In recent years, we’ve gotten pretty accustomed to hearing dire warnings about the plight of pollinators. Colony collapse disorder (CCD), a phenomenon we still don’t fully understand, has claimed the lives of millions of honeybees over the course of the past decade. In one year alone (between April 2014 and April 2015), it’s estimated that U.S beekeepers lost more than 40% of their colonies to CCD. Agriculture industry experts are concerned that if the problem persists and pollinating species continue to die at this alarming rate, we may very well find ourselves in a food shortage crisis.
But What if Some of the Bees Aren’t Dying?
Back in June, following the worst winter in history for bee colonies, Nature Communications published a study with a welcome nugget of good news for pollinators, albeit one that comes with a caveat. The study found that while many different bee species contribute to crop pollination, nearly 80% of all the crops in North America and Europe are pollinated by a mere 2 percent of the total bee species. This means that a tiny contingent of wild bee species is doing the vast majority of the pollinating legwork, while the other 98 percent are making more modest contributions.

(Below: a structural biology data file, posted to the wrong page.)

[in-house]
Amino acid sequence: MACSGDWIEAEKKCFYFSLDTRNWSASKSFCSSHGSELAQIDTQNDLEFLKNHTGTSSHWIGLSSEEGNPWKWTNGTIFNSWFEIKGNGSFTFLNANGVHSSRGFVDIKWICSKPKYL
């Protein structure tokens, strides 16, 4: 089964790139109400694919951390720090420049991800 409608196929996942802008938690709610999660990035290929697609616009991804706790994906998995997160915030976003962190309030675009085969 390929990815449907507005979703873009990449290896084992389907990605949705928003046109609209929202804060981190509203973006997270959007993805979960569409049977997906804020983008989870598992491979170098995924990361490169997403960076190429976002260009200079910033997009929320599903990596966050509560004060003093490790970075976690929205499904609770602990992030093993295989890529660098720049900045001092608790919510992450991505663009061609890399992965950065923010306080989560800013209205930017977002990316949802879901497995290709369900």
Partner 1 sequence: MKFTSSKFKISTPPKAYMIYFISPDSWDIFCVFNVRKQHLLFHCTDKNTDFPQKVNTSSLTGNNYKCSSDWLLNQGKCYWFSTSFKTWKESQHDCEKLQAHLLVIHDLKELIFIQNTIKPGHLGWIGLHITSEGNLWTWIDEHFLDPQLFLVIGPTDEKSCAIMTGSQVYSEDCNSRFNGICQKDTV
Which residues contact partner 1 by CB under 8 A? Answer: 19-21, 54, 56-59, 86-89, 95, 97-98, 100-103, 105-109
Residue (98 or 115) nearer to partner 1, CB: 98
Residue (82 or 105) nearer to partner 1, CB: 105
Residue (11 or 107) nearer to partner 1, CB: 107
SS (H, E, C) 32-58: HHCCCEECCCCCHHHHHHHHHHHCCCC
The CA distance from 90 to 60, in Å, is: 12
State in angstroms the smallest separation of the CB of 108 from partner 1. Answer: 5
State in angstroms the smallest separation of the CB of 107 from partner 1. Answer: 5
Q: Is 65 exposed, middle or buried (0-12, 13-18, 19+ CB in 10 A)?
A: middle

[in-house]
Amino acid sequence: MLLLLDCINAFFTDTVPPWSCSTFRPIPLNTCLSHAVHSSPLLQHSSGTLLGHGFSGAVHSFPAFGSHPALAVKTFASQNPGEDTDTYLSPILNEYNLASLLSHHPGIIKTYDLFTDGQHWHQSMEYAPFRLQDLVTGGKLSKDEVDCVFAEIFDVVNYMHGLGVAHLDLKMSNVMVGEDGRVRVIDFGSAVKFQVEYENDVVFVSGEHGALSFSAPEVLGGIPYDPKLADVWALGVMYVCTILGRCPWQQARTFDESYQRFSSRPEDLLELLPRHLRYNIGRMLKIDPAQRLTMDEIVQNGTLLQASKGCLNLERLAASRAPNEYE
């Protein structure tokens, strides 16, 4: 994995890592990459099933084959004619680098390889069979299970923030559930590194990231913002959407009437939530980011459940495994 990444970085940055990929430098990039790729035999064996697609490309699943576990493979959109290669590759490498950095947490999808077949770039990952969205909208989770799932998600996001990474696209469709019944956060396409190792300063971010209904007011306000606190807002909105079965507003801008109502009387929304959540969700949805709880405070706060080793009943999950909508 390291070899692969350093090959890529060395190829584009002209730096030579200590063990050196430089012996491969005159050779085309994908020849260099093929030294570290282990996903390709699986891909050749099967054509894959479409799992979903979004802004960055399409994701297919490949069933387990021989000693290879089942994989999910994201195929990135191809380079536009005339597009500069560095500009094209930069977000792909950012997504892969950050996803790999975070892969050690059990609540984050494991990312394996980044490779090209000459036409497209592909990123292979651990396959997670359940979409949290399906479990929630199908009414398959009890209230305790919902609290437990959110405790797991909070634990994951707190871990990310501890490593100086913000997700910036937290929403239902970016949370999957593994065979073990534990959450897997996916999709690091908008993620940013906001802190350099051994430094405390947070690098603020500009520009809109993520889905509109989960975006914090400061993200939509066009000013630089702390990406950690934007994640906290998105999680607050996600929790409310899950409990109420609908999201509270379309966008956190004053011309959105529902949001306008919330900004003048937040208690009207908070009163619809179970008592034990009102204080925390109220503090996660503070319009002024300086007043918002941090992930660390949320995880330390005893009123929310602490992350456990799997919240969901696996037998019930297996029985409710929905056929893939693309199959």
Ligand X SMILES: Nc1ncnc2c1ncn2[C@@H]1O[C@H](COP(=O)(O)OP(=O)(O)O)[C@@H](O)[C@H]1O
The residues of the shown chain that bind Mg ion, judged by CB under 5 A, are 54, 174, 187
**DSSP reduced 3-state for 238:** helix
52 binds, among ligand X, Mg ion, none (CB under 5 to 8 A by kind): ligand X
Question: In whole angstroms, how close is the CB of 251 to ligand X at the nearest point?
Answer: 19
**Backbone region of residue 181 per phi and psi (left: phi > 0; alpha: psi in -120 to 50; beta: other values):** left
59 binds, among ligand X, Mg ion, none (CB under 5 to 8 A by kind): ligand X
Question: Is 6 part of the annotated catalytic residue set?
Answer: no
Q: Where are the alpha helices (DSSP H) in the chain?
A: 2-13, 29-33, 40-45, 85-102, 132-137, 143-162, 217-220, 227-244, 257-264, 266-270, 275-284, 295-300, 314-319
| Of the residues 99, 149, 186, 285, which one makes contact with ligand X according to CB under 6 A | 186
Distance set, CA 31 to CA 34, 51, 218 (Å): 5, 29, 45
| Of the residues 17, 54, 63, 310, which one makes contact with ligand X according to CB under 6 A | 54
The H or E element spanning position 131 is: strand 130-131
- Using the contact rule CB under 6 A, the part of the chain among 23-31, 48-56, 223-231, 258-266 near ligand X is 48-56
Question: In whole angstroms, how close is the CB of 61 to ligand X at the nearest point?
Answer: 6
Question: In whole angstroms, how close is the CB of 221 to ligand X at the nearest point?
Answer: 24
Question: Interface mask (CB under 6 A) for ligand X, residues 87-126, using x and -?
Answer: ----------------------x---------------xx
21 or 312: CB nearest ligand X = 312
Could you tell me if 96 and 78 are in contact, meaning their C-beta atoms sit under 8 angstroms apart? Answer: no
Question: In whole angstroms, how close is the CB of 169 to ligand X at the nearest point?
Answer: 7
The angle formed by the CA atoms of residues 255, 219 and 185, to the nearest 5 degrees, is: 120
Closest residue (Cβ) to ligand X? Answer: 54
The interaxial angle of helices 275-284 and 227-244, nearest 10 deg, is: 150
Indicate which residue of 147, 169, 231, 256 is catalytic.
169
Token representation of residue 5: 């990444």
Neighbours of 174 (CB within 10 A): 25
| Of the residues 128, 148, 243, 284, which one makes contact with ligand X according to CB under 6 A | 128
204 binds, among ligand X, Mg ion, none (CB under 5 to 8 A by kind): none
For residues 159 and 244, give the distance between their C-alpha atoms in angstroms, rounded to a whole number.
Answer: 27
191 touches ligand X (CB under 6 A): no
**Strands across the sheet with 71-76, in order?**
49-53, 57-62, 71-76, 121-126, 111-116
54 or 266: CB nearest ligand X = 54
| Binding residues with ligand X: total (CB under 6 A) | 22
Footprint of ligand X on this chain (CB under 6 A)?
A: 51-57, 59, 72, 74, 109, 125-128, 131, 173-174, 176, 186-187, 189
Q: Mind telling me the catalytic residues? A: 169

The good news? The 2 percent of bee species that do most of the pollinating in North American and Europe aren’t threatened. In fact, their numbers appear to be holding pretty steady. The bee species who have been especially ravaged by CCD aren’t the ones who are doing all the pollinating.
Of course it can’t all be good news. Even if the dominant pollinating species are doing alright, there are still many other species being decimated by CCD. Biodiversity is good for ecosystems. When hundreds or even thousands of bee species start dying off, it can leave the remaining species vulnerable to other unforeseen afflictions. This might be short term news for European and North American food crops, but it’s not great news for the bees. Imagine if a virus was introduced into the ecosystem that was particularly detrimental to that vital 2 percent of bee species. Then we’d really be in trouble. Hopefully, though, we might be able to study these bee species and discover what it is that makes them less prone to CCD.
The really good news is that people are finally listening up and taking action to curb the loss of bee species before it’s too late.